Film Review: The Only Good Indian
PARK CITY -- Filmmaker Kevin Willmott, a Kansas film professor, gives us a history lesson here. A fictional distillation of the U.S. government's attempt to assimilate American Indians into white culture, "The Only Good Indian" is well-suited for cultural anthropology classes, university video series and festival settings.
Unfortunately, its wobbly and preachy dramatic narrative diminishes its power. We're getting a lecture here in skimpy dramatic clothing. The most powerful social statements in dramatic film, of course, are those that seek to entertain first without showing their editorial seams; "In the Heat of the Night," is a glowing example.
This well-meaning and intelligent Sundance entrant lacks the storytelling finesse to do this woeful historical injustice the wider appeal it deserves. In screenwriter Thomas L. Carmody's blunt scenario, we witness a young Nachwihiata boy kidnapped from his agrarian home and delivered by white brutes to a Christian boarding school that most resembles a reform school, and we sympathize with the boy's plights. Book-learning and Methodism are hammered into him by the stern, forbidding Christian tyrants.
Mindful of its schoolmarmishness, "The Only Good Indian" leaps onto the story trail as a chase movie: The young boy (Winter Fox Frank) is quickly captured by a bounty hunter who goes by the professional name of Sam Franklin (Wes Studi). Sam's a Cherokee with visions of joining the Pinkerton Detective Agency. In this yarn, he's a representational character of an American Indian trying to assimilate.
To the film's credit, the trans-prairie trek has some comic moments, particularly Sam's motorcycle contraption, which is as much of a mechanical oddity in the early 20th century as Sam himself is as a ethnographic wonder. There's also a grizzled lawman on their trail (J. Kenneth Campbell), who is woven into the story as a representational character serving its revisionist de-mythologizing of the American West.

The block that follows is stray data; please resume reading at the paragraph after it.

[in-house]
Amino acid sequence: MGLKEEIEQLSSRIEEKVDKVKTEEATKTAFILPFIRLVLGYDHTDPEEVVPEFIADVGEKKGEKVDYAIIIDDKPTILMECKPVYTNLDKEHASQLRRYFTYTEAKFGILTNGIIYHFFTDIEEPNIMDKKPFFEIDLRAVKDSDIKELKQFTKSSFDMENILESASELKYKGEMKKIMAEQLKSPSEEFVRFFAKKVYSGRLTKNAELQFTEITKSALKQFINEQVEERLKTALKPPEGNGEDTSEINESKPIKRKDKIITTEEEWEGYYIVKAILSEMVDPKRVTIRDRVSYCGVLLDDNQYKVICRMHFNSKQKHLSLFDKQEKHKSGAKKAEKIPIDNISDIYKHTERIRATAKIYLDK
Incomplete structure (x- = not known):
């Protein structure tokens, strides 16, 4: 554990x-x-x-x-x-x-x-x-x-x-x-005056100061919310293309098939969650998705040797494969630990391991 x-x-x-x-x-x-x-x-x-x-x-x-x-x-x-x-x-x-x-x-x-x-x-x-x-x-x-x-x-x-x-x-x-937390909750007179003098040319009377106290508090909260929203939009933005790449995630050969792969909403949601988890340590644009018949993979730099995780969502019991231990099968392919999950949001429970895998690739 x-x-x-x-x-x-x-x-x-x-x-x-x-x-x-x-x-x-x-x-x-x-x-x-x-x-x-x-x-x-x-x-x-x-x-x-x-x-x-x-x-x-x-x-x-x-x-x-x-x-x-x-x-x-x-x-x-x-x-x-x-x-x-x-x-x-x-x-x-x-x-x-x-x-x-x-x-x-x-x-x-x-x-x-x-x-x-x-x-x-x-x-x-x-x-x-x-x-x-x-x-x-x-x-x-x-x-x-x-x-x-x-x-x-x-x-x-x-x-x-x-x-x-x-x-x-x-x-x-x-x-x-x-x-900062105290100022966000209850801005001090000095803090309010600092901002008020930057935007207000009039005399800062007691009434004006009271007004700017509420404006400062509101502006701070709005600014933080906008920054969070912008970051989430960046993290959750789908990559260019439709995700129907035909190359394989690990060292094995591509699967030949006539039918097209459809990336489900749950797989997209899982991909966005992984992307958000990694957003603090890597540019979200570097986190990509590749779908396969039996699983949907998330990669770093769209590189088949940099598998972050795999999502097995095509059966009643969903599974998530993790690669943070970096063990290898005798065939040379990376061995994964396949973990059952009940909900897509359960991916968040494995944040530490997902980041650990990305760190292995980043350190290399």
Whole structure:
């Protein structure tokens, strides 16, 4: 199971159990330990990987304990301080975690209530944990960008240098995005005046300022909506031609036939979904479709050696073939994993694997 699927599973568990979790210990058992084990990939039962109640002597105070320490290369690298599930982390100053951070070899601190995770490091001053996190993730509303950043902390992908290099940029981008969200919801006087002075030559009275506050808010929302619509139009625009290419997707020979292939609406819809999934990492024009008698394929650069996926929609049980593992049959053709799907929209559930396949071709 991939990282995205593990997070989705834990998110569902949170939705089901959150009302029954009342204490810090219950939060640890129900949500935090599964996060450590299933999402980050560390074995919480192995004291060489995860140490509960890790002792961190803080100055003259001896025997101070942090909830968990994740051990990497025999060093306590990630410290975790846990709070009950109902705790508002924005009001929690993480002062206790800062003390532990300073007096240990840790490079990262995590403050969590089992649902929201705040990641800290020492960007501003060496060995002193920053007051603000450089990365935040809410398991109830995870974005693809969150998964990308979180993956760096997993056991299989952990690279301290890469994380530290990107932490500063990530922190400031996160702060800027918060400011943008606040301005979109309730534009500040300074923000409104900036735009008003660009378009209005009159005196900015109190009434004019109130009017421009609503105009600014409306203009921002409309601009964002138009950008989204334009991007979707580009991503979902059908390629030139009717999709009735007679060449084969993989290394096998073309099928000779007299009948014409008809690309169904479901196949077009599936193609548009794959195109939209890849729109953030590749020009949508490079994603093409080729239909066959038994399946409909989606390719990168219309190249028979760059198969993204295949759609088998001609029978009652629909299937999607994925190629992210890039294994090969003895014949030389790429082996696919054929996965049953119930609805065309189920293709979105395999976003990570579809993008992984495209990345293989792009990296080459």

There are patches where the storytelling is actually entertaining thanks largely to the talents of the cast members. Studi's subtle and conflicted performance is the film's highlight, ably amplified by Frank's appealing turn as the young boy stricken by a chauvinistic Christian culture.
Director Willmott deserves commendation for assembling such a wide-span story on an obviously limited budget; however, the monotony of his shot compositions, stiff cadence and tedious pacing detract from the film's message. Occasionally, there are John Ford homages with skyscapes and silhouettes, but ultimately this one is just too much by-the-book, aesthetically and thematically. A strong negative distraction is the grueling, assonant score, which mires the story further. The severe strings and sounds are occasionally enlivened by some indigenous musical garnishments.
Production company: TLC
Cast: Wes Studi, J. Kenneth Campbell, Winter Fox Frank, Paul Butler, Thirza Defoe, Christopher Wheatley, Laura Kirk, Delanna Studi, Blake Robbins, Kevin Geer
Director: Kevin Willmott
Screenwriter: Thomas L.Carmody
Producers: Thomas Carmody, Rick Cowan, Matt Cullen, Greg Hurd, Scott Richardson, Kevin Willmott
Executive producers: Hanay Geiogamah, J.T. O'Neal, Dan Wildcat
Directors of photography: Matt Jacobson, Jeremy Osbern
Production designer: Scott Murray
Editor: Sean Blake
No rating, 113 minutes
Sundance: On the Scene